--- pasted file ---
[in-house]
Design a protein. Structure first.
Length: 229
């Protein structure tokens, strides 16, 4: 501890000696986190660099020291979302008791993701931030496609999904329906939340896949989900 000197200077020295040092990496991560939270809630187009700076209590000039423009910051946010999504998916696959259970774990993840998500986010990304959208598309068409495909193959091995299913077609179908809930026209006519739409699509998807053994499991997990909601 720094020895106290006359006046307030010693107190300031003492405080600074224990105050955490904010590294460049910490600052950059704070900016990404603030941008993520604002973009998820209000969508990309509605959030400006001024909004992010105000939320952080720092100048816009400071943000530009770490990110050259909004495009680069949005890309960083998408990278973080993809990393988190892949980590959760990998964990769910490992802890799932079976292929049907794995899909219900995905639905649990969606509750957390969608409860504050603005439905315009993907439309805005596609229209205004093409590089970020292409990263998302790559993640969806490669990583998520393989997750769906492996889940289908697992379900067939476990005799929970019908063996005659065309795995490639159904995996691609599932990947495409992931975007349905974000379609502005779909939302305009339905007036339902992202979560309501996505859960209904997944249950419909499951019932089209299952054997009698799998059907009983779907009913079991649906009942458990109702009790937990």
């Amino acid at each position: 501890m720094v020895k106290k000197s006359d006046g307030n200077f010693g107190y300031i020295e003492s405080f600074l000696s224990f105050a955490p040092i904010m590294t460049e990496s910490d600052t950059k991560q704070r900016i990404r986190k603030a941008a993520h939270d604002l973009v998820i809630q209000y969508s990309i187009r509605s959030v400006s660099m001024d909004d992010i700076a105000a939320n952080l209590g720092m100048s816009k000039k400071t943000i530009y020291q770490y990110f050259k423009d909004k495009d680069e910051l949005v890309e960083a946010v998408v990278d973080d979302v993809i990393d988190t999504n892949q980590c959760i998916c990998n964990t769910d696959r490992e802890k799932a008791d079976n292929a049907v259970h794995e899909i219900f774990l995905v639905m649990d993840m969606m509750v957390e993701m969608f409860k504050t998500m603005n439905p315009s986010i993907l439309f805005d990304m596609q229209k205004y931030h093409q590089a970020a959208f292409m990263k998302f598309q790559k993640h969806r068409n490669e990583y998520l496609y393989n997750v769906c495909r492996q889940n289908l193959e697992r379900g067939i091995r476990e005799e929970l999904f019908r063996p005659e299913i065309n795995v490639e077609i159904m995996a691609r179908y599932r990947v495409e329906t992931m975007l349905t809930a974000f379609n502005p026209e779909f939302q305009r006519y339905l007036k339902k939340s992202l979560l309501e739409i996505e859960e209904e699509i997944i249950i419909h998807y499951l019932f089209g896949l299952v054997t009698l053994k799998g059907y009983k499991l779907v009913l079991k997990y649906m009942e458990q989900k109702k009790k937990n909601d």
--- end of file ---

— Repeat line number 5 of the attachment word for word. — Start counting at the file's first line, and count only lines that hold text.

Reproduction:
């Amino acid at each position: 501890m720094v020895k106290k000197s006359d006046g307030n200077f010693g107190y300031i020295e003492s405080f600074l000696s224990f105050a955490p040092i904010m590294t460049e990496s910490d600052t950059k991560q704070r900016i990404r986190k603030a941008a993520h939270d604002l973009v998820i809630q209000y969508s990309i187009r509605s959030v400006s660099m001024d909004d992010i700076a105000a939320n952080l209590g720092m100048s816009k000039k400071t943000i530009y020291q770490y990110f050259k423009d909004k495009d680069e910051l949005v890309e960083a946010v998408v990278d973080d979302v993809i990393d988190t999504n892949q980590c959760i998916c990998n964990t769910d696959r490992e802890k799932a008791d079976n292929a049907v259970h794995e899909i219900f774990l995905v639905m649990d993840m969606m509750v957390e993701m969608f409860k504050t998500m603005n439905p315009s986010i993907l439309f805005d990304m596609q229209k205004y931030h093409q590089a970020a959208f292409m990263k998302f598309q790559k993640h969806r068409n490669e990583y998520l496609y393989n997750v769906c495909r492996q889940n289908l193959e697992r379900g067939i091995r476990e005799e929970l999904f019908r063996p005659e299913i065309n795995v490639e077609i159904m995996a691609r179908y599932r990947v495409e329906t992931m975007l349905t809930a974000f379609n502005p026209e779909f939302q305009r006519y339905l007036k339902k939340s992202l979560l309501e739409i996505e859960e209904e699509i997944i249950i419909h998807y499951l019932f089209g896949l299952v054997t009698l053994k799998g059907y009983k499991l779907v009913l079991k997990y649906m009942e458990q989900k109702k009790k937990n909601d």